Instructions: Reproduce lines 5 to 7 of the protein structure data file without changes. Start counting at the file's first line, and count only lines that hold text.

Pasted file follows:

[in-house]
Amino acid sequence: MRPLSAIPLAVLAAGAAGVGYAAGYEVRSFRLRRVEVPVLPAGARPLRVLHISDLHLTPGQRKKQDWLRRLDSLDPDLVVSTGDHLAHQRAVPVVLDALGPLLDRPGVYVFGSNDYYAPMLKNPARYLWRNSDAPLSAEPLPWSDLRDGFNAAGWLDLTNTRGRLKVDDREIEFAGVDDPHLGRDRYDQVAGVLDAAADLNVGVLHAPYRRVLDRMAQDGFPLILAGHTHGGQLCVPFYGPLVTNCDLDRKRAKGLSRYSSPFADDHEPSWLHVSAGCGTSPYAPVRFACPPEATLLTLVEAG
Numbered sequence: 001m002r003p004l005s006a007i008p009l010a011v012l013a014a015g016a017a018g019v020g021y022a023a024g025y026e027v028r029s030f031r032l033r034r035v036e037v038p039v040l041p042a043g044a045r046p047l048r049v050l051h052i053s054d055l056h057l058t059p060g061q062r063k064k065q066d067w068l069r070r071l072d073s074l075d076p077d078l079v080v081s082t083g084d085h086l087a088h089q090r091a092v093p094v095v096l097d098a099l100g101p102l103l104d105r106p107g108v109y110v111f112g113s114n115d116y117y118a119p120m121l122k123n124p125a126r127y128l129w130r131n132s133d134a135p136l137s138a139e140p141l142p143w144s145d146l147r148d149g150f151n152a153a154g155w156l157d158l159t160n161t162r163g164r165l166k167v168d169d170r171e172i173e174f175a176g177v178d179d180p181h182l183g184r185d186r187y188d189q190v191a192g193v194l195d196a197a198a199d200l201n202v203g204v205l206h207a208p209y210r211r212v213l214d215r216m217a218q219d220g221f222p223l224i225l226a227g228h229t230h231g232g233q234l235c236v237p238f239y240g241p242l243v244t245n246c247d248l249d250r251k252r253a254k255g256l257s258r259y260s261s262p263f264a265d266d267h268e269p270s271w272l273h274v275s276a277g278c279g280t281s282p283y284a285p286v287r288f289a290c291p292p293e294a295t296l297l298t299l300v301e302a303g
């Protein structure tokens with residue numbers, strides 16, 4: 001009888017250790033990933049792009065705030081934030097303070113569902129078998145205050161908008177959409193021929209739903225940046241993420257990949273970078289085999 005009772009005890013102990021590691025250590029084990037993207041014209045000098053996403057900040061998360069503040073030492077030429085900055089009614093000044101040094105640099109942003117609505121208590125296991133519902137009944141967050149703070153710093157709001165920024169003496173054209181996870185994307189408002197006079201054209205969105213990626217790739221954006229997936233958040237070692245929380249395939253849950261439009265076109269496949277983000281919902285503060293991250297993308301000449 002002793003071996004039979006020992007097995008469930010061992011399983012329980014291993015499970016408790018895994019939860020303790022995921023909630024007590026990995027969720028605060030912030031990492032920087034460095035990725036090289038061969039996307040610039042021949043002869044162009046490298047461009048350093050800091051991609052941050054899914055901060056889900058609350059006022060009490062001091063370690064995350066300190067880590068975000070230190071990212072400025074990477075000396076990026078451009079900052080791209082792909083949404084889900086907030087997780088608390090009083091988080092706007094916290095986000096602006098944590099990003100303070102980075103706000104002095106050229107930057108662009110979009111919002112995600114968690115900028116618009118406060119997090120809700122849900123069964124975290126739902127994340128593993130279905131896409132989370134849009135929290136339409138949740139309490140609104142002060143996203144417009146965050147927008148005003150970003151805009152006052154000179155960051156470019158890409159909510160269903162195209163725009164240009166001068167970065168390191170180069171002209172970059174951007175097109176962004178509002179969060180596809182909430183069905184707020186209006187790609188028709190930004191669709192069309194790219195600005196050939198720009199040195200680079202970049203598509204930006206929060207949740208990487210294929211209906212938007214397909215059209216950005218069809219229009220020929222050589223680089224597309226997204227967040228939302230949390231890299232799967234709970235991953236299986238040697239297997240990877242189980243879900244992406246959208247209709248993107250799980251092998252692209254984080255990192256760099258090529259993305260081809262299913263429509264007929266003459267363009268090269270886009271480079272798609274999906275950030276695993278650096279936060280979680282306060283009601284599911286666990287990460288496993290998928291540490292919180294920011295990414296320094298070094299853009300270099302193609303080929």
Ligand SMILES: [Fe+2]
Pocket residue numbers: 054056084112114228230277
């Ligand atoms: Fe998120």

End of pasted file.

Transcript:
Ligand SMILES: [Fe+2]
Pocket residue numbers: 054056084112114228230277
């Ligand atoms: Fe998120």